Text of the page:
Once again, the Securities and Commodities exchange has dashed all hopes of ever having shares of a bitcoin exchange-traded fund (ETF). According to a filing on Feb 26, the SEC revealed that it had denied the Wilshire Phoenix proposal on the grounds that the firm did not provide sufficient evidence showing that the bitcoin market is immune to manipulation.
Notably, the regulator has rejected all other ETF proposals filed in the past. The Wilshire Phoenix one becomes the latest bitcoin ETF proposal to bite the dust.
Wilshire Phoenix ETF Proposal Rejected
A bitcoin ETF has been viewed by many as a great opportunity for interested investors to gain exposure to bitcoin without having to hold the cryptocurrency, potentially boosting the asset’s price. Now, it seems like this will remain a pie in the sky.
SEC has received several bitcoin ETF proposals in the past including the Bitwise proposal, VanEck-SolidX proposal, and the Winklevoss twins proposal. If you can recall, the SEC denied both the Bitwise and Winklevoss proposals. The SEC later announced that it was taking a second look at Bitwise’s proposal. However, Bitwise tacitly withdrew its proposal days before SEC announced its decision.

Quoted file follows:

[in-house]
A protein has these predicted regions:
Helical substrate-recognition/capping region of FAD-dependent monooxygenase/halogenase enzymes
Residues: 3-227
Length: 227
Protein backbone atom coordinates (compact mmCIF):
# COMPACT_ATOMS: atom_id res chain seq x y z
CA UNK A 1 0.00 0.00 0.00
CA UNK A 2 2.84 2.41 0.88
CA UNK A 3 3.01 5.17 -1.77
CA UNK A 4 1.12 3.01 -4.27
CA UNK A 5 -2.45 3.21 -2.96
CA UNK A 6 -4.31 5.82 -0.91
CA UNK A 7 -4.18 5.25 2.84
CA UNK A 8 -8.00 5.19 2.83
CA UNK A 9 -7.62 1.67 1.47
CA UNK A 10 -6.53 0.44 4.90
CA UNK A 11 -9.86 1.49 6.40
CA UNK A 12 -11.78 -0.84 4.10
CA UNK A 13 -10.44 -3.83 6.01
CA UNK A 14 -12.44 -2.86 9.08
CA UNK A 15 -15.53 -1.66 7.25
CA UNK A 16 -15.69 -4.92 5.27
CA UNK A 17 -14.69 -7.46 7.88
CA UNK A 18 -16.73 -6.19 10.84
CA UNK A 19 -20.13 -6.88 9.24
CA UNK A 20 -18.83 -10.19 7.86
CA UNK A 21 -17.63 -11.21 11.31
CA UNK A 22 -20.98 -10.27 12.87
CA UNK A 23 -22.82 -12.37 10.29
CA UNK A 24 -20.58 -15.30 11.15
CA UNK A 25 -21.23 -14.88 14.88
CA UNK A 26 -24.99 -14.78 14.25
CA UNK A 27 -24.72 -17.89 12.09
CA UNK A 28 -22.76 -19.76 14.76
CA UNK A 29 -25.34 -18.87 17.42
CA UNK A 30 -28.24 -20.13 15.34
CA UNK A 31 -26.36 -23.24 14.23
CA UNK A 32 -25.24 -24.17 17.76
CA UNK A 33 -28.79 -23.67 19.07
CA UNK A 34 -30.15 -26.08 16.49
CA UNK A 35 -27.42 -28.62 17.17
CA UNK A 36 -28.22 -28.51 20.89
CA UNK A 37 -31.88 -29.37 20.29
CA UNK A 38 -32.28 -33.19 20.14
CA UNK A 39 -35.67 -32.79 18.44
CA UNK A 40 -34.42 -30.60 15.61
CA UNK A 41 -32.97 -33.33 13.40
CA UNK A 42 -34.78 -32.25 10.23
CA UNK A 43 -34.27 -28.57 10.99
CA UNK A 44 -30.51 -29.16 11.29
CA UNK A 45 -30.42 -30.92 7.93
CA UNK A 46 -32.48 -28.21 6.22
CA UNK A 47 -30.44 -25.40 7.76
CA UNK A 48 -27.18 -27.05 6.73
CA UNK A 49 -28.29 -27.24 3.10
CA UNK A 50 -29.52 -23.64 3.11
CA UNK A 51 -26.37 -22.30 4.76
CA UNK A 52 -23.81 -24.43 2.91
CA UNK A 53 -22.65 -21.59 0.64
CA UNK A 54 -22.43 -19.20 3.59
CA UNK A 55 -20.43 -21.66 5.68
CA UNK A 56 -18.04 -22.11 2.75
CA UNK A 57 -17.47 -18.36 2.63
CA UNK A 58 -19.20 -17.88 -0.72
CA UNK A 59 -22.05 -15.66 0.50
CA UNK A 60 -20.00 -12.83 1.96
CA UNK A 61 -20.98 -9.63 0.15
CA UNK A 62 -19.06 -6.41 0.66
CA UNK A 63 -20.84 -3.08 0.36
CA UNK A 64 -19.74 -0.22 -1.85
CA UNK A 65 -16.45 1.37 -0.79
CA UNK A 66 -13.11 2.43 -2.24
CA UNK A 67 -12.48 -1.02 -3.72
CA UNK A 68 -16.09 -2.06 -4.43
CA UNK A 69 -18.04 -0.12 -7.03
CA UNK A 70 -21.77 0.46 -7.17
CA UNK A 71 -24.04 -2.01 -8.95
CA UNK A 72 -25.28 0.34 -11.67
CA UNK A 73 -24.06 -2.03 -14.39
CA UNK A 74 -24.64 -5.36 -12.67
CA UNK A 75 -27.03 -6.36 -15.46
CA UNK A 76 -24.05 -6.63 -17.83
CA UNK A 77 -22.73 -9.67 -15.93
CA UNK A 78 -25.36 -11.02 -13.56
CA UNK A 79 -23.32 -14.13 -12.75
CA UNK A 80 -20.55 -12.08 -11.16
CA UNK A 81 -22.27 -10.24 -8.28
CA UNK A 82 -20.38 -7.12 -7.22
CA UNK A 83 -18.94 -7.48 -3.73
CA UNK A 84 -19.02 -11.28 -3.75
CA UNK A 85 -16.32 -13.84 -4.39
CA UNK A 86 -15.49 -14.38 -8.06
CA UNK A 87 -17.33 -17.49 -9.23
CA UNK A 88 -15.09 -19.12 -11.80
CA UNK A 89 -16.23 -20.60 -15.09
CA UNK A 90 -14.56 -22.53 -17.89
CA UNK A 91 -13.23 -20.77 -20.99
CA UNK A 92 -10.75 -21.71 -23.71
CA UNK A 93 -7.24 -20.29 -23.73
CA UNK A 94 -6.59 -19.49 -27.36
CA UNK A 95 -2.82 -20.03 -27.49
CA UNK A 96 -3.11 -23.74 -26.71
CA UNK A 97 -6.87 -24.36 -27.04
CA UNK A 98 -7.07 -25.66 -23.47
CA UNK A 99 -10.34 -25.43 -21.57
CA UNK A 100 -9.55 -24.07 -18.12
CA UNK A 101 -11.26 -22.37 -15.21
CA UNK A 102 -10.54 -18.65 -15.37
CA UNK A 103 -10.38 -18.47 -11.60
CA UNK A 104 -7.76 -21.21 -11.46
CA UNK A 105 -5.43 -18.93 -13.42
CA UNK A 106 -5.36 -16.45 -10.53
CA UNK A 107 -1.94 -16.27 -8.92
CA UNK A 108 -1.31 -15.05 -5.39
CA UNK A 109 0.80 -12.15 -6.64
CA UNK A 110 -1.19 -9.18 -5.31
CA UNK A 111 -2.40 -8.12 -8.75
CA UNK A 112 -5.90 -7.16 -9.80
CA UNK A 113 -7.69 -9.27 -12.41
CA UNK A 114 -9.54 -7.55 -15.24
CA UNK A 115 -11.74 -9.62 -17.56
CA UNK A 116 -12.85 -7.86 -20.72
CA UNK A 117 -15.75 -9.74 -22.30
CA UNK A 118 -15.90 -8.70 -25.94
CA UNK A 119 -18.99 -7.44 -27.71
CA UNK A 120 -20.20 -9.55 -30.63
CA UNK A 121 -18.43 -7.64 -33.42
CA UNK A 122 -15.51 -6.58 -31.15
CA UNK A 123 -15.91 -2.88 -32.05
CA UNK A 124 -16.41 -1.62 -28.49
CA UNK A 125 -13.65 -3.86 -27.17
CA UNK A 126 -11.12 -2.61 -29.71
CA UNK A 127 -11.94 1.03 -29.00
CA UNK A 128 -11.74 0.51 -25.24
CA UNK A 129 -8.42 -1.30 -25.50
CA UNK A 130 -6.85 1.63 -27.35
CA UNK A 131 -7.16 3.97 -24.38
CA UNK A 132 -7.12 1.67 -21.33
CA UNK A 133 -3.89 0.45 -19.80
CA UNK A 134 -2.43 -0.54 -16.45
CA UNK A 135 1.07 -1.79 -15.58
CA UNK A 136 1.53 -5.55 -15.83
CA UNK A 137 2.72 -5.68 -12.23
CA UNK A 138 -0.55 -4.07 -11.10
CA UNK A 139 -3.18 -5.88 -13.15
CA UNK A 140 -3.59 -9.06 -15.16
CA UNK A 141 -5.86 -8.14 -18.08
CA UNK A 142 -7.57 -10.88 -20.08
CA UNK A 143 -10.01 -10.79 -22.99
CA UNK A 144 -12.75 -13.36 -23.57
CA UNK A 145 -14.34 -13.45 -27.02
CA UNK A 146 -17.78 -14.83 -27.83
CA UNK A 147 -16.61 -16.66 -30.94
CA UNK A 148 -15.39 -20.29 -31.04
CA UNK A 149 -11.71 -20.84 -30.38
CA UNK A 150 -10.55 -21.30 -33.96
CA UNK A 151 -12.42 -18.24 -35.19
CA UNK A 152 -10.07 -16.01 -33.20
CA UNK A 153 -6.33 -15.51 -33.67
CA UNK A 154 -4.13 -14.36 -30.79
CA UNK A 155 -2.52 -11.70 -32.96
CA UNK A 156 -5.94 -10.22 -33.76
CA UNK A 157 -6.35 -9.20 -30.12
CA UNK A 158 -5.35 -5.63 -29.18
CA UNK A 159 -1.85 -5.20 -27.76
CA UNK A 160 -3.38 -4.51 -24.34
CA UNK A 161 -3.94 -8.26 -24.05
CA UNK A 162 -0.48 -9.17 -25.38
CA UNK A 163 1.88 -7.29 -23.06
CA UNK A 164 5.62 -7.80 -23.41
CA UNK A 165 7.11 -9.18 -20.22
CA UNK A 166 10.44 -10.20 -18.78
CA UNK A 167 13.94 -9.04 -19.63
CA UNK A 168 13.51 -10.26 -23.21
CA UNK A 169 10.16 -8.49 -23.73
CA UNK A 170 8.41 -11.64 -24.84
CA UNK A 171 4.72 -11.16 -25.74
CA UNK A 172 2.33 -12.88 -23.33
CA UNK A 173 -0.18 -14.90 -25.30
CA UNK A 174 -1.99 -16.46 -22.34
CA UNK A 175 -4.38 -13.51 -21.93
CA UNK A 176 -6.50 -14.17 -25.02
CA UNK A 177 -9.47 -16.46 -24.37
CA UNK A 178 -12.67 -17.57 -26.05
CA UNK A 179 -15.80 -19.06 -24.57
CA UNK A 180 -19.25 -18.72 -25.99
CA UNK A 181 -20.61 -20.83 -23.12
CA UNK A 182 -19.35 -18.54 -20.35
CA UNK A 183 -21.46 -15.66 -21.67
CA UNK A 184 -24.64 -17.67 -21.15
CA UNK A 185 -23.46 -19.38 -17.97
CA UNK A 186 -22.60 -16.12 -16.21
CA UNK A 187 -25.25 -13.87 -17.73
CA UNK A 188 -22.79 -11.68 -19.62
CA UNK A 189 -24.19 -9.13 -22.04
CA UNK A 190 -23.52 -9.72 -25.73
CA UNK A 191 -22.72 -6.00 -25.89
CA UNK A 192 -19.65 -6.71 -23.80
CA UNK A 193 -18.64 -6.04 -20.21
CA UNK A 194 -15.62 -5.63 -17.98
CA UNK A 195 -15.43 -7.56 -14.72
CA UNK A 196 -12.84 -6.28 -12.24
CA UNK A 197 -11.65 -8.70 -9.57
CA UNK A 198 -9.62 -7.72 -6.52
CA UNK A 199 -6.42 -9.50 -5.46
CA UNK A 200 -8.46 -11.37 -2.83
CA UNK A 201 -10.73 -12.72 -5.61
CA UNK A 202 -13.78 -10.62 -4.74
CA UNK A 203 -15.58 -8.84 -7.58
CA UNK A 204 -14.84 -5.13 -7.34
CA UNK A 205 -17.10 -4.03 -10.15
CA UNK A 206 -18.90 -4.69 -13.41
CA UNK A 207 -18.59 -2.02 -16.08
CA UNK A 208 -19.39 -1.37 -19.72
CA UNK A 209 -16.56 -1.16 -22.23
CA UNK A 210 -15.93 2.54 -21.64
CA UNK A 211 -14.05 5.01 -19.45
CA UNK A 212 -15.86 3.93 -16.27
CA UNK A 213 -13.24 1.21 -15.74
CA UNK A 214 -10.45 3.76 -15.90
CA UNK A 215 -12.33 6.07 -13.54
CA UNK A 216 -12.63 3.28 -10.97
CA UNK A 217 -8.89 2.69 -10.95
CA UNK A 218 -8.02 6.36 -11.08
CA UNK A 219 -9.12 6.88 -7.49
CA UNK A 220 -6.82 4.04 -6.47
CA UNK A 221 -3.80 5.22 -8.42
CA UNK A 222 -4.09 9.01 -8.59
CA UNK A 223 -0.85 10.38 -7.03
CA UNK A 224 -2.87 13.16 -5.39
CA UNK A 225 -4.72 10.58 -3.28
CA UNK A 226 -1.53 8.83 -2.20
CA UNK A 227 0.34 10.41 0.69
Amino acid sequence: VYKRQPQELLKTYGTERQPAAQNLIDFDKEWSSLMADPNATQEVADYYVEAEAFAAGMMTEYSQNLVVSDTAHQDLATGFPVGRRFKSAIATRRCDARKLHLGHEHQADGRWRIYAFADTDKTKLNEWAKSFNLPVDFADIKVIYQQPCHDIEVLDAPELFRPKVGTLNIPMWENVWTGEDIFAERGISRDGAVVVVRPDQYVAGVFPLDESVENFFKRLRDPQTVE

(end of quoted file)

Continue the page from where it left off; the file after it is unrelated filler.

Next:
With all the rejections, SEC cited concerns of market manipulation as the main reason for their decision. It was no different with the Wilshire Phoenix proposal, which was the last bitcoin ETF rule change proposal under the review of the agency.
The SEC filing read in part:
“The Commission concludes that NYSE Arca has not met its burden under the Exchange Act and the Commission’s Rules of Practice to demonstrate that its proposal is consistent with the requirements of Exchange Act Section 6(b) (5), and, in particular, the requirement that the rules of a national securities exchange be ‘designed to prevent fraudulent and manipulative acts and practices’ and ‘to protect investors and the public interest.’”
Wilshire first filed its application for a bitcoin ETF with exchange NYSE Arca last June. In order to boost its chances of getting SEC approval, the firm posited that its ETF would be comprised of both Treasury bills and bitcoin. This was intended to, in part, help better deal with bitcoin’s immense volatility.
The agency had postponed the decision for this particular ETF a couple of times last year before finally rejecting it on Wednesday.
The Silver Lining
With the Wilshire Phoenix ETF proposal disapproved, it is highly unlikely that we will be seeing a bitcoin ETF in 2020. Which begs the question: does the crypto market really need a bitcoin ETF?
Many in the cryptocurrency space have concluded that a bitcoin exchange-traded fund is no longer as crucial as it was a few years back. The cryptocurrency market has matured considerably and now has infrastructure like Fidelity Investments custody and CME and Bakkt futures contracts that offer investors something akin to what ETF’s would offer.